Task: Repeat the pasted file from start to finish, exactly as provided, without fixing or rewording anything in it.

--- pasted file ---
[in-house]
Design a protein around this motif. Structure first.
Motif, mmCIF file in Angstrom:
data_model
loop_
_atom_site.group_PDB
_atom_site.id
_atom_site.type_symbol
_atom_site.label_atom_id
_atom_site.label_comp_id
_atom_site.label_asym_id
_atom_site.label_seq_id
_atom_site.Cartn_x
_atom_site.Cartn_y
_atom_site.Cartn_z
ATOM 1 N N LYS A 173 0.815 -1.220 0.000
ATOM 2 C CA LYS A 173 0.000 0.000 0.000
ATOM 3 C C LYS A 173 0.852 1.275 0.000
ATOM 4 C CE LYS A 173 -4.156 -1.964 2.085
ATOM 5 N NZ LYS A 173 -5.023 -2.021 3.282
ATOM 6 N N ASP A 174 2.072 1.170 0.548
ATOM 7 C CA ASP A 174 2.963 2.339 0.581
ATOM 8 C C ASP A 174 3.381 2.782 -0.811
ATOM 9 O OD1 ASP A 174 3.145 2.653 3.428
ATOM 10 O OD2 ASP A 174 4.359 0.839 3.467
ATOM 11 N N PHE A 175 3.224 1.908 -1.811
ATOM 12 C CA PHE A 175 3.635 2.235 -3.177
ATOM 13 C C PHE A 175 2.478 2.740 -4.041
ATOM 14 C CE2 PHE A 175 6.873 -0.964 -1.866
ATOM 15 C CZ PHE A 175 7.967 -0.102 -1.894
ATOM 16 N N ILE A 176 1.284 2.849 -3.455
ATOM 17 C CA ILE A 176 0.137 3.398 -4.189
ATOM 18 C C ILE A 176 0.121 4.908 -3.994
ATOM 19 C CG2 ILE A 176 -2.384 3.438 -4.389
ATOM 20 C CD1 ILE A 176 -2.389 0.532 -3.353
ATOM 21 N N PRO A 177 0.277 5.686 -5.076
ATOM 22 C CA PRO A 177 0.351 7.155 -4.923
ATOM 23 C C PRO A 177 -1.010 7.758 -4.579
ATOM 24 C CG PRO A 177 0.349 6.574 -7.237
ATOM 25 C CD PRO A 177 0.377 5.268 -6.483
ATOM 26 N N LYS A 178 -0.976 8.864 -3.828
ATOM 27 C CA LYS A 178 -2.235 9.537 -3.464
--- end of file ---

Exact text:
[in-house]
Design a protein around this motif. Structure first.
Motif, mmCIF file in Angstrom:
data_model
loop_
_atom_site.group_PDB
_atom_site.id
_atom_site.type_symbol
_atom_site.label_atom_id
_atom_site.label_comp_id
_atom_site.label_asym_id
_atom_site.label_seq_id
_atom_site.Cartn_x
_atom_site.Cartn_y
_atom_site.Cartn_z
ATOM 1 N N LYS A 173 0.815 -1.220 0.000
ATOM 2 C CA LYS A 173 0.000 0.000 0.000
ATOM 3 C C LYS A 173 0.852 1.275 0.000
ATOM 4 C CE LYS A 173 -4.156 -1.964 2.085
ATOM 5 N NZ LYS A 173 -5.023 -2.021 3.282
ATOM 6 N N ASP A 174 2.072 1.170 0.548
ATOM 7 C CA ASP A 174 2.963 2.339 0.581
ATOM 8 C C ASP A 174 3.381 2.782 -0.811
ATOM 9 O OD1 ASP A 174 3.145 2.653 3.428
ATOM 10 O OD2 ASP A 174 4.359 0.839 3.467
ATOM 11 N N PHE A 175 3.224 1.908 -1.811
ATOM 12 C CA PHE A 175 3.635 2.235 -3.177
ATOM 13 C C PHE A 175 2.478 2.740 -4.041
ATOM 14 C CE2 PHE A 175 6.873 -0.964 -1.866
ATOM 15 C CZ PHE A 175 7.967 -0.102 -1.894
ATOM 16 N N ILE A 176 1.284 2.849 -3.455
ATOM 17 C CA ILE A 176 0.137 3.398 -4.189
ATOM 18 C C ILE A 176 0.121 4.908 -3.994
ATOM 19 C CG2 ILE A 176 -2.384 3.438 -4.389
ATOM 20 C CD1 ILE A 176 -2.389 0.532 -3.353
ATOM 21 N N PRO A 177 0.277 5.686 -5.076
ATOM 22 C CA PRO A 177 0.351 7.155 -4.923
ATOM 23 C C PRO A 177 -1.010 7.758 -4.579
ATOM 24 C CG PRO A 177 0.349 6.574 -7.237
ATOM 25 C CD PRO A 177 0.377 5.268 -6.483
ATOM 26 N N LYS A 178 -0.976 8.864 -3.828
ATOM 27 C CA LYS A 178 -2.235 9.537 -3.464